You would assume that maybe it would be a lot more active because generally smaller communities are more tight knit, they have a lot in common. This, it’s a Facebook group, this group gets maybe two post a week, maybe on a good week, maybe it gets two to three comments. I mean, there’s like, maybe two people besides a community manager that are active day to day in this group.
It seems like engagement’s really low. But in full context, these people have known each other for years, they all have their phone numbers, all of that engagement is happening elsewhere and this group is now just a place where they know they can go to get just that extra support and extra content with the brand and the engagement metrics don’t really matter.
It’s all in context. If we had a community manager for that group that was obsessed with engagement, they would be very upset with the way the group was going but actually is serving its purpose very well. Broadly, it should be measuring the health of your community but you have to separate that from the business metrics.
[0:13:11.4] DA: From your point of view, what types of companies or industries do you see adopting community the most right now?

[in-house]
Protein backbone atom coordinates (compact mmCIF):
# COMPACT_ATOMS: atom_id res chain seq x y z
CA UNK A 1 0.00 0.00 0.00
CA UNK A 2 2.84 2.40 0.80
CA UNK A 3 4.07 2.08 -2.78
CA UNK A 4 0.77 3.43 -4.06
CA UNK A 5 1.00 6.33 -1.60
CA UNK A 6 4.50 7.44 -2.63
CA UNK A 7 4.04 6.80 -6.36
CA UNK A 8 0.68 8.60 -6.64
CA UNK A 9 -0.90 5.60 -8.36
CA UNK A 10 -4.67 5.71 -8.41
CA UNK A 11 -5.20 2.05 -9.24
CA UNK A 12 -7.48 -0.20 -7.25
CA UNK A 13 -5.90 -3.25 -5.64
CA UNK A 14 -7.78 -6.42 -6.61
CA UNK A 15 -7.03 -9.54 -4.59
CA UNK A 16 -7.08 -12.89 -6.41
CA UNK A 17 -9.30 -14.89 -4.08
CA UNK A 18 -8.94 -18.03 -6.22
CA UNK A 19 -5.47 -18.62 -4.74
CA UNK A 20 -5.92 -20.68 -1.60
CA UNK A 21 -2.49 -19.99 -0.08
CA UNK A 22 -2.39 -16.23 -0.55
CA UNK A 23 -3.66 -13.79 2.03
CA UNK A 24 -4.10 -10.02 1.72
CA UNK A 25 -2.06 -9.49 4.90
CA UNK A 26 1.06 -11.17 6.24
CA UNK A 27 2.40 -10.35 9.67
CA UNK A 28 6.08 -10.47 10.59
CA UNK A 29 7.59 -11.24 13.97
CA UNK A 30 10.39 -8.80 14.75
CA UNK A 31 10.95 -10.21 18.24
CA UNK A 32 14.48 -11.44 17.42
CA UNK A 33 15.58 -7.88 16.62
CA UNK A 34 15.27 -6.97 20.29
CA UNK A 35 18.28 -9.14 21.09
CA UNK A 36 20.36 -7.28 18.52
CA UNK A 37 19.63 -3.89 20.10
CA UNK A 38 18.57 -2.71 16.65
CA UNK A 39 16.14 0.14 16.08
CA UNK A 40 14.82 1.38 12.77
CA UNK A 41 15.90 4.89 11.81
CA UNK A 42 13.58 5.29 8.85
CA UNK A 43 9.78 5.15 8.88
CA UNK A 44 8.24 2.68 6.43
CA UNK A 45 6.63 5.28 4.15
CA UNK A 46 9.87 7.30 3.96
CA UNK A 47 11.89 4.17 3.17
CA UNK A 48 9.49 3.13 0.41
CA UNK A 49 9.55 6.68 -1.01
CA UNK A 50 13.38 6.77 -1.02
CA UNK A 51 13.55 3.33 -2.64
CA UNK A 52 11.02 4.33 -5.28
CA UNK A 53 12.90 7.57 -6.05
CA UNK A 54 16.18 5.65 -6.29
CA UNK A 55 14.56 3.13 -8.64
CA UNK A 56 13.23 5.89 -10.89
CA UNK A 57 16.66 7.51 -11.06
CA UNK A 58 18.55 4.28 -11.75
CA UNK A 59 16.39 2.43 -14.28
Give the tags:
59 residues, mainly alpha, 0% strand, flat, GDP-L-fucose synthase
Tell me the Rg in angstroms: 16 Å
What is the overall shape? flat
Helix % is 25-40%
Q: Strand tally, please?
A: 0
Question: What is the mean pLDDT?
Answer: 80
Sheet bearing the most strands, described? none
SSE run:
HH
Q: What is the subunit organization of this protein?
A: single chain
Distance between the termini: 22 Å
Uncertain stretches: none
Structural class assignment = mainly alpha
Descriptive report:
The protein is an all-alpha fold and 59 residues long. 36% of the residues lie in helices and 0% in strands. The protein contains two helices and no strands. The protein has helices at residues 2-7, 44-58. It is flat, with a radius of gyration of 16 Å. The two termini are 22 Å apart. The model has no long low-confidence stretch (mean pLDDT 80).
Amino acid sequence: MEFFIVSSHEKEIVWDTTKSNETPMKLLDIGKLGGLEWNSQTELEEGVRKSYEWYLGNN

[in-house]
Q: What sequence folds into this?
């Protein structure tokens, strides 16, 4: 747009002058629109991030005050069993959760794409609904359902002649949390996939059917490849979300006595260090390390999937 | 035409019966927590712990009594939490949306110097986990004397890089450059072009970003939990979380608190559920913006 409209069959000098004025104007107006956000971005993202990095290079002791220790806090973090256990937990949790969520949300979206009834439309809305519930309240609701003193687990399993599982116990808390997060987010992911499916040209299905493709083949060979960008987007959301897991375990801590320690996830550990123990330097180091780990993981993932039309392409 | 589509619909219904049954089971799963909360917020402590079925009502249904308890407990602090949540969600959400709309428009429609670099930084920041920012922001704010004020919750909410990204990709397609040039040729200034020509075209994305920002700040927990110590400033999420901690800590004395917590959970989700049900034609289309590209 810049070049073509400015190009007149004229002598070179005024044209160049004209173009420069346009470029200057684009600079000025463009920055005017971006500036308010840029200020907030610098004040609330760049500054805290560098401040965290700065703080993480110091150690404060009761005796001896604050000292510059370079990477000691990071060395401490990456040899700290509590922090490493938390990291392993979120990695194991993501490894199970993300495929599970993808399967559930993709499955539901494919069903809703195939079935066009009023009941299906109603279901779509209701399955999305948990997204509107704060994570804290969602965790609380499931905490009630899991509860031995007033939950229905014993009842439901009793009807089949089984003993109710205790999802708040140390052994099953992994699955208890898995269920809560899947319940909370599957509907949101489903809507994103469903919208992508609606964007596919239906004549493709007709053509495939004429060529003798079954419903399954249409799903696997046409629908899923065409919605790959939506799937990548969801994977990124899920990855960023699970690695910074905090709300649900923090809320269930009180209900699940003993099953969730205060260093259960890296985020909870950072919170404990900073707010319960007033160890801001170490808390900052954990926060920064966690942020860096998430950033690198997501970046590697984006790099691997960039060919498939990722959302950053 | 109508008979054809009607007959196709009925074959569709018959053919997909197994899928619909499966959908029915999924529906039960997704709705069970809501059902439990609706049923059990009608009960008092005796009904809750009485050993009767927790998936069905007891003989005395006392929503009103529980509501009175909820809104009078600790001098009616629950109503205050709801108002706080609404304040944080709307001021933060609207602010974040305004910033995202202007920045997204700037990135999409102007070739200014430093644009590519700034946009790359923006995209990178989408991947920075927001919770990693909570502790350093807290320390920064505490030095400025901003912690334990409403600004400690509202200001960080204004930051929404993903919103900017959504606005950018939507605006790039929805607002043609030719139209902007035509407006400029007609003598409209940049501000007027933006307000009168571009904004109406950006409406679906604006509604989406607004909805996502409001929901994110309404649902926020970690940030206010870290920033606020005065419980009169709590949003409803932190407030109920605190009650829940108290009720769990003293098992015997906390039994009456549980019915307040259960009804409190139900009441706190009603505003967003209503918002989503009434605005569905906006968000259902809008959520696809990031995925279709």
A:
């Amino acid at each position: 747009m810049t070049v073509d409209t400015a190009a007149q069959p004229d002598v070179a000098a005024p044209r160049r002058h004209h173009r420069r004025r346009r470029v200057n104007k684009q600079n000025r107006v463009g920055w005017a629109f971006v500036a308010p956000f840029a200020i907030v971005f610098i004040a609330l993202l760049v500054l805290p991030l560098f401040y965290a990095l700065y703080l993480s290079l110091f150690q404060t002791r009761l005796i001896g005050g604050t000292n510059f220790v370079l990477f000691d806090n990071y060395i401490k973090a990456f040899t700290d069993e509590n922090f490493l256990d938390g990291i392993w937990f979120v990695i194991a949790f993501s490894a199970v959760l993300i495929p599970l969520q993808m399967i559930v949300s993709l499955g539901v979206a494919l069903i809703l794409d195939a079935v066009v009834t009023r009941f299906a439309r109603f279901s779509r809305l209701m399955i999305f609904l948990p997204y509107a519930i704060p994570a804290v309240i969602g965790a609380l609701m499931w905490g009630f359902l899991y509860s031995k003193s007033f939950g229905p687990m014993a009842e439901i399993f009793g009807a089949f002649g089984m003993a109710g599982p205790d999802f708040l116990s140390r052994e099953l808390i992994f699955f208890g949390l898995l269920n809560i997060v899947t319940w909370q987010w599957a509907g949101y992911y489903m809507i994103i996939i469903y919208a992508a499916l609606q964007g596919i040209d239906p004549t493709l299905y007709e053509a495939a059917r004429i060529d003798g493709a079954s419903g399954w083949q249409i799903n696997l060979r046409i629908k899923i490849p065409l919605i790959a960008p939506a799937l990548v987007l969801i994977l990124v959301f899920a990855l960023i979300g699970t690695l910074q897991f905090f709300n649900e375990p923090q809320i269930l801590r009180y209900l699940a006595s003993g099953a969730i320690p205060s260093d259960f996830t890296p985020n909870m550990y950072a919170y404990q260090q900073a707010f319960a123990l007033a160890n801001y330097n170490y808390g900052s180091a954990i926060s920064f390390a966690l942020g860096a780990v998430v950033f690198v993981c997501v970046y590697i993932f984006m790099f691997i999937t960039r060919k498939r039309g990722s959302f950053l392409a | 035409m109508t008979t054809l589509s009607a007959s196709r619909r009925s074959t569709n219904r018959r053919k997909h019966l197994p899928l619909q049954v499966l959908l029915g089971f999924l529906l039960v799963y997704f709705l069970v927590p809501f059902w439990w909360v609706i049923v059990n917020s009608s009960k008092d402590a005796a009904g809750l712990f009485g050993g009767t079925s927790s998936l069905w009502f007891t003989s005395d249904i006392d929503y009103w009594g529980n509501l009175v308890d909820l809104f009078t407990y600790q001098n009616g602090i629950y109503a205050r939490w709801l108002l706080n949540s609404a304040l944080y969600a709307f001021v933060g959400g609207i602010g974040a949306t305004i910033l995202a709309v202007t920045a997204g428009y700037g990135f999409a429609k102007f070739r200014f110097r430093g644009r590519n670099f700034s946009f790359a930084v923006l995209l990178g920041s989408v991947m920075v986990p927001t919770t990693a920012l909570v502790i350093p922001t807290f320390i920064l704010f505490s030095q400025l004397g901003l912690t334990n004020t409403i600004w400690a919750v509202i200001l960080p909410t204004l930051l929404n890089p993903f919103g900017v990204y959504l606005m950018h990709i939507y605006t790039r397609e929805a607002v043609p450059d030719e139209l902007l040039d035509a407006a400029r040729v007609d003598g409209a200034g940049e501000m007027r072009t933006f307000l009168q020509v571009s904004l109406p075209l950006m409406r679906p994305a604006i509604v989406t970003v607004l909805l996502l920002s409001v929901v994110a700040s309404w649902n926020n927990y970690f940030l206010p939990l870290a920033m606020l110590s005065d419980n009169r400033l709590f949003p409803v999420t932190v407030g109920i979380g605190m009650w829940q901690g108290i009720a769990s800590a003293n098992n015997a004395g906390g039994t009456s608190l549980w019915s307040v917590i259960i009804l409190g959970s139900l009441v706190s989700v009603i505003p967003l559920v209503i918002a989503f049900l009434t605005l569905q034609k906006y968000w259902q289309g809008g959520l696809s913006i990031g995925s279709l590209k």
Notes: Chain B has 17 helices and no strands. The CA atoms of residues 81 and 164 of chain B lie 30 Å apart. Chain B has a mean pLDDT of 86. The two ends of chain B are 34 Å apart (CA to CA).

[0:13:19.2] SN: Okay, continuity programs are killing it right now. Any of the membership has a community attached to it because it’s a brilliant way to keep interest and conversation a live, whenever people are done consuming the content and they’re waiting on the next course or the next box or the next whatever. Anybody who has a membership program or a subscription program is tracking on the community along with it because the retention is insane.
They’re finding communities are like the key to customer satisfaction, loyalty and it’s just amazing. I’m obsessed with continuity membership programs.
[0:13:59.7] DA: Yeah, it does feel like, I know it was startup growing, we looked at this for years like, we need to have a membership and we finally – we didn’t but I had literally had a conversation about it yesterday, it feels like every day, I’m reading about a new community that either was struggling or failing or that put together membership and I’m sure doesn’t help all of them but it seems to help a lot of them.
[0:14:22.0] SN: It’s very hot right now.
[0:14:23.8] DA: It’s very hot right now, exactly. Have you seen any interesting examples of a community being taken offline versus just the online?
[0:14:32.1] SN: Yeah, I love the concept of Yelp Elite. That’s the advocate program for Yelp, a huge part of their program is connecting their community members offline. They’re brand advocates, they will invite them to exclusive restaurant openings or just like cool and interesting things to do in your local town.
Hatchet throwing or whatever people do now. But they gather them up offline and they give them cool things to do and it’s just a perfect marriage of pairing people who are really passionate about writing and taking photos and you know, doing cool things and writing about it and then creating this amazing user generated content that benefits the brand.